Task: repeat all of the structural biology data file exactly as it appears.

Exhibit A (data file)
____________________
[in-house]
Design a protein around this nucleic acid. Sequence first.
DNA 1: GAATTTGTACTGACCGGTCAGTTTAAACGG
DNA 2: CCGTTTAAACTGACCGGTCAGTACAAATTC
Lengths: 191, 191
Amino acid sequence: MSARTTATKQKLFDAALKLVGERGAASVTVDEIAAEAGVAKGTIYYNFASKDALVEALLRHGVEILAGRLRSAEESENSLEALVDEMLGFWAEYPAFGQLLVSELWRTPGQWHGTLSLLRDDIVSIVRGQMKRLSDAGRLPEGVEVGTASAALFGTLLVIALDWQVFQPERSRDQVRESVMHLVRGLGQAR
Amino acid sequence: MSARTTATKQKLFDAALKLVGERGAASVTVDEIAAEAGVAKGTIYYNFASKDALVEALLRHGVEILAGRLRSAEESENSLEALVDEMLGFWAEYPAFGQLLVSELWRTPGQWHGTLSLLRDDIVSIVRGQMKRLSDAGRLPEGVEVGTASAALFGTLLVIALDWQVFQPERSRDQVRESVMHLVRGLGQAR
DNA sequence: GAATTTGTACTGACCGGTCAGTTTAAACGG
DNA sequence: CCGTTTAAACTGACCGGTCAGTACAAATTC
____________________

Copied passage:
[in-house]
Design a protein around this nucleic acid. Sequence first.
DNA 1: GAATTTGTACTGACCGGTCAGTTTAAACGG
DNA 2: CCGTTTAAACTGACCGGTCAGTACAAATTC
Lengths: 191, 191
Amino acid sequence: MSARTTATKQKLFDAALKLVGERGAASVTVDEIAAEAGVAKGTIYYNFASKDALVEALLRHGVEILAGRLRSAEESENSLEALVDEMLGFWAEYPAFGQLLVSELWRTPGQWHGTLSLLRDDIVSIVRGQMKRLSDAGRLPEGVEVGTASAALFGTLLVIALDWQVFQPERSRDQVRESVMHLVRGLGQAR
Amino acid sequence: MSARTTATKQKLFDAALKLVGERGAASVTVDEIAAEAGVAKGTIYYNFASKDALVEALLRHGVEILAGRLRSAEESENSLEALVDEMLGFWAEYPAFGQLLVSELWRTPGQWHGTLSLLRDDIVSIVRGQMKRLSDAGRLPEGVEVGTASAALFGTLLVIALDWQVFQPERSRDQVRESVMHLVRGLGQAR
DNA sequence: GAATTTGTACTGACCGGTCAGTTTAAACGG
DNA sequence: CCGTTTAAACTGACCGGTCAGTACAAATTC